How AMAZING is that? And how did I not know about this sooner?!!!   I am pretty sure that if I built a charity from the ground up, this would be it’s exact mission– minus the “high profile” athletes of course because let’s face it, I’m not that well connected. 😉  More seriously though, I am just excited that an organization like this exists.  It gives me hope that someday I can quit my job and do something like this for work.  Plus, I am totally pumped that I can register to do an event with them.

In case you are not already blown away, I’ll leave you with their video.  In the meantime, I would like to remind you that every person on this planet has the power to make a difference.  What will you use yours for?

It’s October- And I’m on an Upswing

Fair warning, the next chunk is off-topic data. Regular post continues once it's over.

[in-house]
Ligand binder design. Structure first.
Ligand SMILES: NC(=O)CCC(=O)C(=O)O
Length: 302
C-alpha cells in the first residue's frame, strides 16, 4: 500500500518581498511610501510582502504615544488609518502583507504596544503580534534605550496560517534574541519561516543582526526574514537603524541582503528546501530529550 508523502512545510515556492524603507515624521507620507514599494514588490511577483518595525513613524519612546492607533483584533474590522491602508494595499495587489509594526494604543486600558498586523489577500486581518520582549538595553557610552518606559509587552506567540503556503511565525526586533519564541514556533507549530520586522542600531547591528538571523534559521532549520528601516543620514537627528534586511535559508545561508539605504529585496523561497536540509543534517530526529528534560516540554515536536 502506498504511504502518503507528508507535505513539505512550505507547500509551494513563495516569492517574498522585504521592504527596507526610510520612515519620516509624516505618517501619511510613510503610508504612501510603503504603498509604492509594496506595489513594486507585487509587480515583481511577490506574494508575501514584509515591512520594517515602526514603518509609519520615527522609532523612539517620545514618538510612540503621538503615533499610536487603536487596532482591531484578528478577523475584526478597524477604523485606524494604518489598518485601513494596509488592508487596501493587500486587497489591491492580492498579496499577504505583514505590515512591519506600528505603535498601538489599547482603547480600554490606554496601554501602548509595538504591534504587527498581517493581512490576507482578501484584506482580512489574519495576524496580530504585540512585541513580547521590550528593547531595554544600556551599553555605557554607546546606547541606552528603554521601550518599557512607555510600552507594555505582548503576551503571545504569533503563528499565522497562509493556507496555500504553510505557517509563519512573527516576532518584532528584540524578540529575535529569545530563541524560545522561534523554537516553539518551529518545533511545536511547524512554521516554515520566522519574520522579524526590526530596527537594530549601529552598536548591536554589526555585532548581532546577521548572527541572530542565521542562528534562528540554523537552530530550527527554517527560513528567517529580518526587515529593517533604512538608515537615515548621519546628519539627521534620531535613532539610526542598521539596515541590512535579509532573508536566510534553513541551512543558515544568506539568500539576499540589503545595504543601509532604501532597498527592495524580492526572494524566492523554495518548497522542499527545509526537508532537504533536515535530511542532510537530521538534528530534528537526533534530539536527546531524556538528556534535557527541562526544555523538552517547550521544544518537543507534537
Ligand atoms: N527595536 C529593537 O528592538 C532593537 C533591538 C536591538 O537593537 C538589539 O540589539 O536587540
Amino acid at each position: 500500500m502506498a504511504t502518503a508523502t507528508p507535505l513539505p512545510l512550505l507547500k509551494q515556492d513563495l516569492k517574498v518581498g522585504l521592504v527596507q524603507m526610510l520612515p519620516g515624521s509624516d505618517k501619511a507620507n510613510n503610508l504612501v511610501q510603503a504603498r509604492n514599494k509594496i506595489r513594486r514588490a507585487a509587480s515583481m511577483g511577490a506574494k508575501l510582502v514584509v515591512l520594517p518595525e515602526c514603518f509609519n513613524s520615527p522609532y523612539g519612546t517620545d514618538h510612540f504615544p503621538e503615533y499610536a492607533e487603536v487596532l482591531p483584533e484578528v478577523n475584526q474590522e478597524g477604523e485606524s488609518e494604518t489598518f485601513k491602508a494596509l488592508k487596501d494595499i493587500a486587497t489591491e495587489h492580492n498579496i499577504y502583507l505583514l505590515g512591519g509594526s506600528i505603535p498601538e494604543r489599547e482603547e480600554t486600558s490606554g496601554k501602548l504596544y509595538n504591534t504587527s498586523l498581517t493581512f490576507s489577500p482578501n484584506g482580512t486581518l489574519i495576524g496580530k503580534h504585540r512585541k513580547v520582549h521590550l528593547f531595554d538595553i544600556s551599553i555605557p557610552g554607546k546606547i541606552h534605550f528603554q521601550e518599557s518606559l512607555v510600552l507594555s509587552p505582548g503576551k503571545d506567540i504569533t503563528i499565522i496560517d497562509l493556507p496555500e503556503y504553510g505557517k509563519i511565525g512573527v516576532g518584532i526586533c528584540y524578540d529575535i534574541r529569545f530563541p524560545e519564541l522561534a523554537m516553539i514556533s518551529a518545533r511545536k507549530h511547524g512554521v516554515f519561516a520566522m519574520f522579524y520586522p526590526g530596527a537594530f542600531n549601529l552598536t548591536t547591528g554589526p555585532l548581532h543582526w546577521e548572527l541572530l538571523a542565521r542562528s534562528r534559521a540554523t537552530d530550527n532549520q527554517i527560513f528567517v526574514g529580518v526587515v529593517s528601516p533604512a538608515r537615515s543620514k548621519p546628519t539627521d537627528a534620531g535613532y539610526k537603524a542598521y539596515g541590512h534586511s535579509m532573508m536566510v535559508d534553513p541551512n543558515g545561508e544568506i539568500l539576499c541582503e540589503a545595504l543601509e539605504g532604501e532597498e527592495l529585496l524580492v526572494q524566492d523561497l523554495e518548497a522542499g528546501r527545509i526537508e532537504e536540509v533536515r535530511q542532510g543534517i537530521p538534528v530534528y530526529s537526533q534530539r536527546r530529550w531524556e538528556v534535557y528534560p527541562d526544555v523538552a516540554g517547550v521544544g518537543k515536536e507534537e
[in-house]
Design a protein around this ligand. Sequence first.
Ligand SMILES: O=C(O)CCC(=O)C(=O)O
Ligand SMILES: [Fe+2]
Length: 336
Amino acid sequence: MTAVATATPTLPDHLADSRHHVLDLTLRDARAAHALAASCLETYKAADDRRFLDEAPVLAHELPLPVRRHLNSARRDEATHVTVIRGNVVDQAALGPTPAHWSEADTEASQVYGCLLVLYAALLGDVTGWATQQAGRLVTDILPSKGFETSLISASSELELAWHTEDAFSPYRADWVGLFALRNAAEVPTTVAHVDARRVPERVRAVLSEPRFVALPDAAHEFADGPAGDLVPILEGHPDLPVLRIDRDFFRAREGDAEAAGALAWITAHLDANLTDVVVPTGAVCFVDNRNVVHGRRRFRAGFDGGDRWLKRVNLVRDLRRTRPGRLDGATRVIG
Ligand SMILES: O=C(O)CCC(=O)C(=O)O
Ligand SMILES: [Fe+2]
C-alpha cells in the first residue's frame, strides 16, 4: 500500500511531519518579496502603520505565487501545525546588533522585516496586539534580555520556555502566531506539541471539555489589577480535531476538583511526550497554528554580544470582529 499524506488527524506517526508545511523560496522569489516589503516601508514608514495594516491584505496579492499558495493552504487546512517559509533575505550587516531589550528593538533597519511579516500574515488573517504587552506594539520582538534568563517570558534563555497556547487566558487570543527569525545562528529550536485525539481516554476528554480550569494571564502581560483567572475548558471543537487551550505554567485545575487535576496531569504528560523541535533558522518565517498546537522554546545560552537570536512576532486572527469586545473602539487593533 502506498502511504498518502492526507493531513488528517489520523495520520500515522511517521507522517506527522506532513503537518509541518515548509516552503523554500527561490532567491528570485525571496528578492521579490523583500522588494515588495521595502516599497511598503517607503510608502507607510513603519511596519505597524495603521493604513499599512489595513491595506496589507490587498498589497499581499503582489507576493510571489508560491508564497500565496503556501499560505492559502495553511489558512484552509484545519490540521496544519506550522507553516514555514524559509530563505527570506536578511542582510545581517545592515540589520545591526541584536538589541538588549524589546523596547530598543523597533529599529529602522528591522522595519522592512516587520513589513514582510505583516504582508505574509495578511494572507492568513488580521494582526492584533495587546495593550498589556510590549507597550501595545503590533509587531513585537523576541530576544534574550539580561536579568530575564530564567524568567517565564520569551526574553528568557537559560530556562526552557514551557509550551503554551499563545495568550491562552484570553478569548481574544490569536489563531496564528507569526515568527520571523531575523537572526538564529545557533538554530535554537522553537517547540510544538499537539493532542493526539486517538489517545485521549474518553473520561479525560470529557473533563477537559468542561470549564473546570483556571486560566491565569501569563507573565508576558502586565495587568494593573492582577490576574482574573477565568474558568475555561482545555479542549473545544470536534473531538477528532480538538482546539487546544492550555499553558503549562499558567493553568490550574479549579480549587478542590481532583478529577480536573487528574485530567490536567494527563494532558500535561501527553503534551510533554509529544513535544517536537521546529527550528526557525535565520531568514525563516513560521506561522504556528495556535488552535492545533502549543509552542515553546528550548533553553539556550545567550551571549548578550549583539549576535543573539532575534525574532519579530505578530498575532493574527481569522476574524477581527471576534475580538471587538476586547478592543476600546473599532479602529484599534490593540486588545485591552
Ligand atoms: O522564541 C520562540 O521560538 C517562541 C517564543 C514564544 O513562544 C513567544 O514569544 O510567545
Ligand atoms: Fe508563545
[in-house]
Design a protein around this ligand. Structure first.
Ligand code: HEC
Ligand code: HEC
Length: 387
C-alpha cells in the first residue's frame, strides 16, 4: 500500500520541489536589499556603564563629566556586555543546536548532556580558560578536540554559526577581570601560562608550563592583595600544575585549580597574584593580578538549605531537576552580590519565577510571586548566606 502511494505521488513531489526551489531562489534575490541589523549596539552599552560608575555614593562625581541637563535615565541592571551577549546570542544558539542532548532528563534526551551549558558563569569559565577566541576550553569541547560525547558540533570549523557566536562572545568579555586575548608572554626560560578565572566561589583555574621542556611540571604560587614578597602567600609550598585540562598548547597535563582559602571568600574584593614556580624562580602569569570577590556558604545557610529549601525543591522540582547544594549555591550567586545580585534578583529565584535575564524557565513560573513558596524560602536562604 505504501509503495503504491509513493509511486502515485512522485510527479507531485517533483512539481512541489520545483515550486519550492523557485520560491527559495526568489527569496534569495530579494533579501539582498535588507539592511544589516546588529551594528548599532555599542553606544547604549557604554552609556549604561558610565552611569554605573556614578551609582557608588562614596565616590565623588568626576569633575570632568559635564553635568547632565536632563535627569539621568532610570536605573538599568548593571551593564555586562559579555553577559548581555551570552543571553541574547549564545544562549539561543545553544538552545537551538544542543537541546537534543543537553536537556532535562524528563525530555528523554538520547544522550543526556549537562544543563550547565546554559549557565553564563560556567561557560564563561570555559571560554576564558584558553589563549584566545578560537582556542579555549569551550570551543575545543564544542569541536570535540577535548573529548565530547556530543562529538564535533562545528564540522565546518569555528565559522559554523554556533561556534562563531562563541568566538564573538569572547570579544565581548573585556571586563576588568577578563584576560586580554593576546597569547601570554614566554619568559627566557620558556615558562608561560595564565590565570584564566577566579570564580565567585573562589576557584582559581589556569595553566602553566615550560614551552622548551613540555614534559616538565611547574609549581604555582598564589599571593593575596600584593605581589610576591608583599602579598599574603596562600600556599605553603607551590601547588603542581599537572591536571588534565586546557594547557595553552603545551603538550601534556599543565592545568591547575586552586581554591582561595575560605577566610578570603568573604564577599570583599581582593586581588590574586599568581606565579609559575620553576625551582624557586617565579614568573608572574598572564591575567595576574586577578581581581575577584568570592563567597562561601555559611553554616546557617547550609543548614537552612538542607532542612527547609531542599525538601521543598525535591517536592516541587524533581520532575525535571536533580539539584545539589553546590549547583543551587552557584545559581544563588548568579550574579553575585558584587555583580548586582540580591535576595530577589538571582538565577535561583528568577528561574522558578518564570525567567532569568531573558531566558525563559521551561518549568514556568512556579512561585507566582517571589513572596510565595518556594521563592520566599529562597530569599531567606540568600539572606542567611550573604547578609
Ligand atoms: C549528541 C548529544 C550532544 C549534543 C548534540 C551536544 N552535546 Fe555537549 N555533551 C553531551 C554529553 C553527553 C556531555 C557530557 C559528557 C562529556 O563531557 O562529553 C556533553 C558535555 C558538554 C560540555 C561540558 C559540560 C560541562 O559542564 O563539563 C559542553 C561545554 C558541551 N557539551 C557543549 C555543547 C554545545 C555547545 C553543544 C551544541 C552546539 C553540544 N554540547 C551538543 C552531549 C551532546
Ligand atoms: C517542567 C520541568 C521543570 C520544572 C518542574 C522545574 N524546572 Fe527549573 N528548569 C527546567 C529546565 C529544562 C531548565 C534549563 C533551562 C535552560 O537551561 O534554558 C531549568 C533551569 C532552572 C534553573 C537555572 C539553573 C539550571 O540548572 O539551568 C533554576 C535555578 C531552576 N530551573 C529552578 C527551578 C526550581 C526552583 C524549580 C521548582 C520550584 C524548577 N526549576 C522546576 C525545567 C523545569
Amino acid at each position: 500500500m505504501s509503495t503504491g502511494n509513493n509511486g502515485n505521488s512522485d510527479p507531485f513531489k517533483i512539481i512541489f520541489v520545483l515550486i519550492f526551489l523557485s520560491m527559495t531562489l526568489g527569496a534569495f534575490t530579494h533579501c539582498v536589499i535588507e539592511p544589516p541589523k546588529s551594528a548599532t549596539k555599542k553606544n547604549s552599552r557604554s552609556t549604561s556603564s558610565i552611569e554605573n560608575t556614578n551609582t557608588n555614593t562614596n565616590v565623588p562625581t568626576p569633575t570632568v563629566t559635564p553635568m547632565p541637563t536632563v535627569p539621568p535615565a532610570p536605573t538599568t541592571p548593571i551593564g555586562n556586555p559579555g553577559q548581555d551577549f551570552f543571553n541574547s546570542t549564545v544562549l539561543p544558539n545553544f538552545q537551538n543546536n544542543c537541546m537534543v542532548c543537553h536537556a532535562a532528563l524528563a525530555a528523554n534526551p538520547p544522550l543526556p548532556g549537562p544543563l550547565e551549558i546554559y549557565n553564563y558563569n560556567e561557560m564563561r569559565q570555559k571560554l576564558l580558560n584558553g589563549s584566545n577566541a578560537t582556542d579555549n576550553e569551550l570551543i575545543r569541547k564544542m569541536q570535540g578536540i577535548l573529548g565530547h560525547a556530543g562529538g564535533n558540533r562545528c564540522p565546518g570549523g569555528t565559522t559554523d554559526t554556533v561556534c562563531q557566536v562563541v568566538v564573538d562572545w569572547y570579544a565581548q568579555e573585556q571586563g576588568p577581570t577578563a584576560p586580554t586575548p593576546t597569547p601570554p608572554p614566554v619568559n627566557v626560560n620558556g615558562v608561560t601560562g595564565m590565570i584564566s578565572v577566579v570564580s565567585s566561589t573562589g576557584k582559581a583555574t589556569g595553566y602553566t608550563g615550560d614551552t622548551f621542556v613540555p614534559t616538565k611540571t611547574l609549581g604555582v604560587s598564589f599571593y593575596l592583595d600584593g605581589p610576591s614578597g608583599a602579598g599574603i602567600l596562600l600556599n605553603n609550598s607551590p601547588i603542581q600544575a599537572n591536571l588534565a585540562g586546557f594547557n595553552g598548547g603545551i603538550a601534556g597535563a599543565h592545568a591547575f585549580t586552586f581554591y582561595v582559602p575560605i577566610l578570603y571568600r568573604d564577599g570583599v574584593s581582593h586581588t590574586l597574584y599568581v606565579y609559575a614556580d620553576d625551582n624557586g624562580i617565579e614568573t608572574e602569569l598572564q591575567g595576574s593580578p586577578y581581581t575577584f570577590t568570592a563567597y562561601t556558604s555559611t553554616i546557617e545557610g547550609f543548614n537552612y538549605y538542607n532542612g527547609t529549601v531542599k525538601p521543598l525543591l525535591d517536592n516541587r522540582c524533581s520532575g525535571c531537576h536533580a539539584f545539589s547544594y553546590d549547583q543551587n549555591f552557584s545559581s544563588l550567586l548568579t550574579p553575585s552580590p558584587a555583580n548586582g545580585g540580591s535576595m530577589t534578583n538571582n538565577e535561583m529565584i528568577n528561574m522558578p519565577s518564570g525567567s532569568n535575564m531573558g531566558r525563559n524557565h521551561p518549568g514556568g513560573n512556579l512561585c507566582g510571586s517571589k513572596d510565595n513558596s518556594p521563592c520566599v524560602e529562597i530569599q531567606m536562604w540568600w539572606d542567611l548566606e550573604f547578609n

“If you give me any problem in America I can trace it down to domestic violence.

It is the cradle of most of the problems, economic, psychological, educational.”

-Salma Hayek

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Anyone familiar with this blog knows that October is an important time of year for me.  It’s the month in which I married my abuser (and the abuse escalated dramatically), and it’s also ,ironically, Domestic Violence Awareness Month… Clearly my ex had missed the memo.

Normally this time of year I find my PTSD symptoms tend to rev up.  I get jumpy, anxious, and depressed.  I don’t usually put together what’s going on until I’m well into the month, but this year is different.  This year I’m taking on October head on!  This year I am determined to live my life to the fullest!  I will not allow PTSD to rob the joy from my days.  This year I am determined to push myself to new limits and raise money and awareness for victims of violence in the process.